Ever wondered how engineers check if their designs—from ships to wind turbines—will fair against an aggressive ocean? With something like this new facility at the University of Maine, which uses 32 fans and 16 paddles to simulate the most fierce of marine conditions. »
Do you remember where you were when you first realized the severity of the drought in the Western US? I would guess that you weren’t staring at a cloudless sky or a dry faucet. You were probably looking at a photo of Folsom Lake. »
You’re looking at 3,000 extra-large, extra-strength condoms that have been filled with blue water and hung above the head of the public, as part of an art installation designed to raise awareness of water use. »
You see that bubble attached to the beetle? That’s basically an air tank that the beetle uses so that it can breathe underwater. Because they’re so small, they can use water’s surface tension to trap air in bubbles on their body so they can swim under water without having to constantly come up for air. Other beetles… »
The water rights that govern how California’s water gets used are not the easiest things in the world to understand; working out how they came to be, and how they shaped Los Angeles, is an even trickier thing. »
Mars today (despite the presence of a small amount of a liquid water) is a dry, frozen place. But this was not always the case. Ancient Mars was likely warm and wet, much like Earth. So what happened to change it? Thanks to brand new results from NASA’s MAVEN mission, announced today, we may finally know. »
In the next ten years, Earth’s population is expected to increase by one billion, and only 3% of our planet’s water is fit for drinking or farming. Most of that relatively small amount is trapped in frozen glaciers. But Egyptian researchers have developed a way of removing the salt out of sea water for our growing… »
The act of boiling water helps us brew coffee and cook pasta—and it’s also what fuels most of the world’s energy sources. But boiling is really all about the bubbles, and until now their formation had been seen as random and haphazard. MIT engineers say they can now control the formation of bubbles, which might change… »
The digging of wells in Africa has often been thought of as the solution to helping rural women walking to get water, but they may cause more harm than good.
It’s always fun when the least complicated thing—this is just a ball soaked in water thrown in the air by the Slow Mo Guys—makes for such a spectacular visual in slow motion. The spiral of the foam ball is awesome as it jets out all the water it was holding inside. Plus, the droplets of water catch the sun just right… »
With over 1.2 billion citizens, India is the second-most populated nation on Earth. Sixty-eight percent of Indians live in rural areas that might not have clean drinking water. Since the world population will hit 9 billion by 2050, with many of those people living in developing countries, increased access to clean… »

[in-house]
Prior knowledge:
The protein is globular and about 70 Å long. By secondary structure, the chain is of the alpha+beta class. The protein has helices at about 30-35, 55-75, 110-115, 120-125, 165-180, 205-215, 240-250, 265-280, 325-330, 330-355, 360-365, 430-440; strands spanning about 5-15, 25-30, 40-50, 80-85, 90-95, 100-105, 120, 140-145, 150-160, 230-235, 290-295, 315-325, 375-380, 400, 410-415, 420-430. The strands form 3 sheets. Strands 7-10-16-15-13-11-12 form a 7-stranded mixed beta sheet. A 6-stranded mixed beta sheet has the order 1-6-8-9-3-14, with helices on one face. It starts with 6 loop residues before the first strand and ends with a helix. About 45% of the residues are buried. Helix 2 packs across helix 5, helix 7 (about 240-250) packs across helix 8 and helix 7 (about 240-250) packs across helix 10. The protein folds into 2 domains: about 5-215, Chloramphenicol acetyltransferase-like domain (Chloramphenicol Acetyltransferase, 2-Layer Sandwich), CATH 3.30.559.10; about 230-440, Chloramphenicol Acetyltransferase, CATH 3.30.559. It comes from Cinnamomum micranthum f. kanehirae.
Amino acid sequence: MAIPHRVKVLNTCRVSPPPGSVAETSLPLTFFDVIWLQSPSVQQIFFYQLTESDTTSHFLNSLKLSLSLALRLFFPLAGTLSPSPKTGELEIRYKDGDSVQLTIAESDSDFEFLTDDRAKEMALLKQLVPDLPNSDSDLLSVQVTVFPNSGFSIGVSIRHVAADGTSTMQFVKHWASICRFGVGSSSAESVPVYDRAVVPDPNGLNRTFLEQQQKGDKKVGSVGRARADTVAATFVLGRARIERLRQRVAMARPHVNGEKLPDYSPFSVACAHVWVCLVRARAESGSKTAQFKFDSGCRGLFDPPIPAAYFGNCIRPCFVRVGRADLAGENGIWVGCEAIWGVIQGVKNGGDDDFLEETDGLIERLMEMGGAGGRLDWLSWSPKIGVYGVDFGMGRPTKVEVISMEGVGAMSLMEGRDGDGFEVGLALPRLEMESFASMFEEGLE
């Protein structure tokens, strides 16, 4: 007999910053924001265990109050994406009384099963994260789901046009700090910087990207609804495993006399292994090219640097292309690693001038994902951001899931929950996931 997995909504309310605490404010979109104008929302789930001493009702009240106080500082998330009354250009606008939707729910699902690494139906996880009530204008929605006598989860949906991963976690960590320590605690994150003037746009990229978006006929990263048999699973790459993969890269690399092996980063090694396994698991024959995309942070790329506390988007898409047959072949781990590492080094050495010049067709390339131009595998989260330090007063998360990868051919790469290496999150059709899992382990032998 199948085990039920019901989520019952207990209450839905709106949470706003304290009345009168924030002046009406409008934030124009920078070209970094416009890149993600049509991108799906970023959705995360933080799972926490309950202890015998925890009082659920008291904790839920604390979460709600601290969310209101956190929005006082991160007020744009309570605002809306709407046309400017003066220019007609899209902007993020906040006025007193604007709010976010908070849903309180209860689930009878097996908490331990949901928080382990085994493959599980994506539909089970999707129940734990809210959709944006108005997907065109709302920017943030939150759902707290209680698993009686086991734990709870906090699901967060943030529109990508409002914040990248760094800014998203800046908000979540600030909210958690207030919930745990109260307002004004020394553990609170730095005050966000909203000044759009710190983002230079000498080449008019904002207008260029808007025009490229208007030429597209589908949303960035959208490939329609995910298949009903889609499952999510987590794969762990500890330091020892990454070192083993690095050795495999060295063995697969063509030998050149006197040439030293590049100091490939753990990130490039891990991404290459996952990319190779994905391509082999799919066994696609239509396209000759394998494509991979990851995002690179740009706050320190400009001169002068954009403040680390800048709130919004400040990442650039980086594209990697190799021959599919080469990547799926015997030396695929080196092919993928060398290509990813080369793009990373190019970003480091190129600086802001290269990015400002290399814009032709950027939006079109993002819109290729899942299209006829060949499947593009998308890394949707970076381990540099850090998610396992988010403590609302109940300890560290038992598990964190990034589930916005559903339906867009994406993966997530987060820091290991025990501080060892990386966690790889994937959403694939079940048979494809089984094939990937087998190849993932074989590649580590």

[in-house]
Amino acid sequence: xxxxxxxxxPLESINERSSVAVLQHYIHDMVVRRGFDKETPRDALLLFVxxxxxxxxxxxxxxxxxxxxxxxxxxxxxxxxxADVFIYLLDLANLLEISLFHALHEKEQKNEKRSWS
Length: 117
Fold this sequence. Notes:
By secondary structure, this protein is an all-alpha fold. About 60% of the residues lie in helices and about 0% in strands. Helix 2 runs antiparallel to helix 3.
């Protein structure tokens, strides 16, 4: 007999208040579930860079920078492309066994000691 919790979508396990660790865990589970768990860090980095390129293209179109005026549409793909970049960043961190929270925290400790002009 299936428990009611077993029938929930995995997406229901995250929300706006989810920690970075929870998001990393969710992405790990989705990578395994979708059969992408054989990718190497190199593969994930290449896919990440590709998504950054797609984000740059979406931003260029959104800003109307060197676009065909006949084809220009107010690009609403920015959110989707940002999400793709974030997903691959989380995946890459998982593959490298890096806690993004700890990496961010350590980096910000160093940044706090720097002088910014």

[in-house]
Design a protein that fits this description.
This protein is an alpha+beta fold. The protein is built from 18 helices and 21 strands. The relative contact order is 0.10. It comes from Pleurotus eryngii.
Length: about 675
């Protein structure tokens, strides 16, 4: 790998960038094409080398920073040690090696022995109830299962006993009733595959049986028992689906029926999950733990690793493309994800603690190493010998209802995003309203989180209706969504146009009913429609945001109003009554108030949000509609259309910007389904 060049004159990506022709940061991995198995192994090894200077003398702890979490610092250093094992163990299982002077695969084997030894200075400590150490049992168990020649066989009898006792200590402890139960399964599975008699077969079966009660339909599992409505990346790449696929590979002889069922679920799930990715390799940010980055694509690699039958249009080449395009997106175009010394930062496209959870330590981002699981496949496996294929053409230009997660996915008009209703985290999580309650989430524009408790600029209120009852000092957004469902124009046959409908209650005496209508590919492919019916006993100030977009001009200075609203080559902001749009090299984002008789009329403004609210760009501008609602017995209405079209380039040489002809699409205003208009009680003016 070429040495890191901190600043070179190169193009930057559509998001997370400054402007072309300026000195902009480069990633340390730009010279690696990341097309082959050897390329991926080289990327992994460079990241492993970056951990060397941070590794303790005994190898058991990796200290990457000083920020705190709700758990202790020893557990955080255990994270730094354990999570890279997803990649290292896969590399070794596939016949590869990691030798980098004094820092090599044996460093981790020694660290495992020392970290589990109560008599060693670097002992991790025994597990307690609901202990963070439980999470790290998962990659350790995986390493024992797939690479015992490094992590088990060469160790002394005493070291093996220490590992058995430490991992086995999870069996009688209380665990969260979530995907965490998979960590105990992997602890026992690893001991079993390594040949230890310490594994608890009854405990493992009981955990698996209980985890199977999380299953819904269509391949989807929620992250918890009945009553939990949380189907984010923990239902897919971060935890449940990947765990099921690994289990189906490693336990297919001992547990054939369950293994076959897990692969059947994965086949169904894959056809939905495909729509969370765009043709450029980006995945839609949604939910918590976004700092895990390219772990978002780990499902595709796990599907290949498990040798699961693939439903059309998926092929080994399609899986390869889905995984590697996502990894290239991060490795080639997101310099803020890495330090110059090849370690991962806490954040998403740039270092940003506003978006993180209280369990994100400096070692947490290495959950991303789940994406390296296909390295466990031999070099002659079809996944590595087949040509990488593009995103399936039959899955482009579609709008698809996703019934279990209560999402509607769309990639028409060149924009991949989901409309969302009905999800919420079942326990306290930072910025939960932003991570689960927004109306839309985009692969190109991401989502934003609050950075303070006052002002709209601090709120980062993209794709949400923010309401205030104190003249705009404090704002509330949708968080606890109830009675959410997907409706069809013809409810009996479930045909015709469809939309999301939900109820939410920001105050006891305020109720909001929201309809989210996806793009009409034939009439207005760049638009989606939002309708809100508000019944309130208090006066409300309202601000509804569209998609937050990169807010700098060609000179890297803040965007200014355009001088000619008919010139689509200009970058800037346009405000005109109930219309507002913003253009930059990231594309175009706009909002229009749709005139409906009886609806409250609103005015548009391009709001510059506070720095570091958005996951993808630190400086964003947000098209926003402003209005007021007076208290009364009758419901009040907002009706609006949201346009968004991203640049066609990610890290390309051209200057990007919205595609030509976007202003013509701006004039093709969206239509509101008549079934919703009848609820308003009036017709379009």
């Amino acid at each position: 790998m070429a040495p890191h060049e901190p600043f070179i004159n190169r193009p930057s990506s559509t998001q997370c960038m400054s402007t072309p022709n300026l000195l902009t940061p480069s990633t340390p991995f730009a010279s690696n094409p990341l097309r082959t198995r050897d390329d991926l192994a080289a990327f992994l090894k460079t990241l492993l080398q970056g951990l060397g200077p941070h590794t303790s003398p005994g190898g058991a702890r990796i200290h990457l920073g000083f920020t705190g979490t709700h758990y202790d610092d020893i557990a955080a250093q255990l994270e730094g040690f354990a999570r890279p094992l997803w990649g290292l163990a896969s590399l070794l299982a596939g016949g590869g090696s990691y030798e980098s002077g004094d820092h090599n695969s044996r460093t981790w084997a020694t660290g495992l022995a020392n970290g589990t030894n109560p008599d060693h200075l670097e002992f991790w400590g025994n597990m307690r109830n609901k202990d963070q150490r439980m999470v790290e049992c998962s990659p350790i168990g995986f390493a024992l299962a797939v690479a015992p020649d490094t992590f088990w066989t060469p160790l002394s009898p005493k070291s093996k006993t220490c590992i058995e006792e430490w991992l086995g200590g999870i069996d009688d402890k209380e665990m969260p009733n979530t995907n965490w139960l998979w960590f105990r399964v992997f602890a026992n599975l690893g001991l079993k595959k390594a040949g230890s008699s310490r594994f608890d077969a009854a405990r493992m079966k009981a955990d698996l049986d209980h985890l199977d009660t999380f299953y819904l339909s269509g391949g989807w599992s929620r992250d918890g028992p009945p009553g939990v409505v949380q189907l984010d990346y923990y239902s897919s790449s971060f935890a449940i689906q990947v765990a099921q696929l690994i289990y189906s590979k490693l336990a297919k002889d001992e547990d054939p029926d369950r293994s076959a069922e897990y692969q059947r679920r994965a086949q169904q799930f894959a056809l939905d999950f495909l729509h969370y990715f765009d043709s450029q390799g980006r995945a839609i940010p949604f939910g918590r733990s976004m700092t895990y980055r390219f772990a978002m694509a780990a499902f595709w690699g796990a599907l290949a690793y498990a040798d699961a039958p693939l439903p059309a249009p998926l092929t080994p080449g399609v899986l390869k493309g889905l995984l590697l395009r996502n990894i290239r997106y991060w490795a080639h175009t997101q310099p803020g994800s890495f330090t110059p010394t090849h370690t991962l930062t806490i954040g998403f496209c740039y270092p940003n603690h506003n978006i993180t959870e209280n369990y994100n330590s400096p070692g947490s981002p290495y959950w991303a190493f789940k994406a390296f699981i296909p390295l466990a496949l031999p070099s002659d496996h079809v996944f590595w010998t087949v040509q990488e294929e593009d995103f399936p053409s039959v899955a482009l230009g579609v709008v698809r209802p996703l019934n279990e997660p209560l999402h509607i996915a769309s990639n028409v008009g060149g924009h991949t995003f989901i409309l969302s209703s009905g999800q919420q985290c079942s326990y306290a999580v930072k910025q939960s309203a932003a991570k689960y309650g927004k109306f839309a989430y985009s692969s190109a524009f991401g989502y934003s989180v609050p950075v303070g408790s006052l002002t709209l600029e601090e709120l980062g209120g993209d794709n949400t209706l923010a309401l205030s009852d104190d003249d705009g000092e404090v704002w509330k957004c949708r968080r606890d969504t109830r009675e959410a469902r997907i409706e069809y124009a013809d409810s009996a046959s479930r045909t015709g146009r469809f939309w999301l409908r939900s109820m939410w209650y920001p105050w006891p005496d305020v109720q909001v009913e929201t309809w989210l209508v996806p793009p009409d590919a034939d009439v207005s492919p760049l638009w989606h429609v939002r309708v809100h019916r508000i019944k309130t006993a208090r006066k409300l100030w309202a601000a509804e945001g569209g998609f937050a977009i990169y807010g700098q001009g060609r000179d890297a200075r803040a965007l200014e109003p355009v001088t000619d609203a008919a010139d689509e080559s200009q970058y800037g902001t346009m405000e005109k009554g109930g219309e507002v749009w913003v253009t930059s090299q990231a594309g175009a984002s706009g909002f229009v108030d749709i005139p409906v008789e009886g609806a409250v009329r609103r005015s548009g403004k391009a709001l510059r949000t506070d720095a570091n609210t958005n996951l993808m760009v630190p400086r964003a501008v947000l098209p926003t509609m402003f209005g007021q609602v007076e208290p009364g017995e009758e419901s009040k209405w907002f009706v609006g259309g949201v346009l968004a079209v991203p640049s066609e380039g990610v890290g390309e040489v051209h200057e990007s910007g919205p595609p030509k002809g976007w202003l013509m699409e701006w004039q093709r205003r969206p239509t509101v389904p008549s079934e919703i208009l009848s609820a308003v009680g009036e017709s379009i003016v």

Rising sea-levels will someday put several American cities completely, or partially, underwater. Here are the U.S. cities that could be submerged by sea-levels in approximately 200 years—and what you can expect for your own city in the future. »
Since most of us uncoordinated plebeians will never be able to even stand up on a surfboard, this is very probably the closest we’ll ever get to the unbelievable beauty that is riding through the barrel of the wave. Bruno Santos shows us a completely surreal view of what it’s like and man, it’s gorgeous. It’s like… »
A comprehensive suite of marijuana regulations were passed by California Governor Jerry Brown yesterday, creating much-needed government oversight over the state’s billion-dollar industry. The bill specifically addresses the environmental impact of growing marijuana, including water use during the drought.
Astronauts on the International Space Station have stepped up the entertainment factor of their fluid dynamics antics. They’ve added food colouring to the already-excellent combination of zero gravity, water droplet, and antacid tablet, creating a sparkly disco ball of pure joy. »
We have seen the future, and it’s a giant pile of dirty paper plates, accompanied by a single saved spork.
If you opened a sealed can of water from the 1950s and drank it, what would happen? Would you die? Only one way to find out. »
Here’s a fun little thing that you think shouldn’t be able to happen but totally understand why it happens after you see it happen. If you stick a candle in a bowl of water and let it burn, the flame will actually be able to be under the water level for a good amount of time. It’s underwater fire! »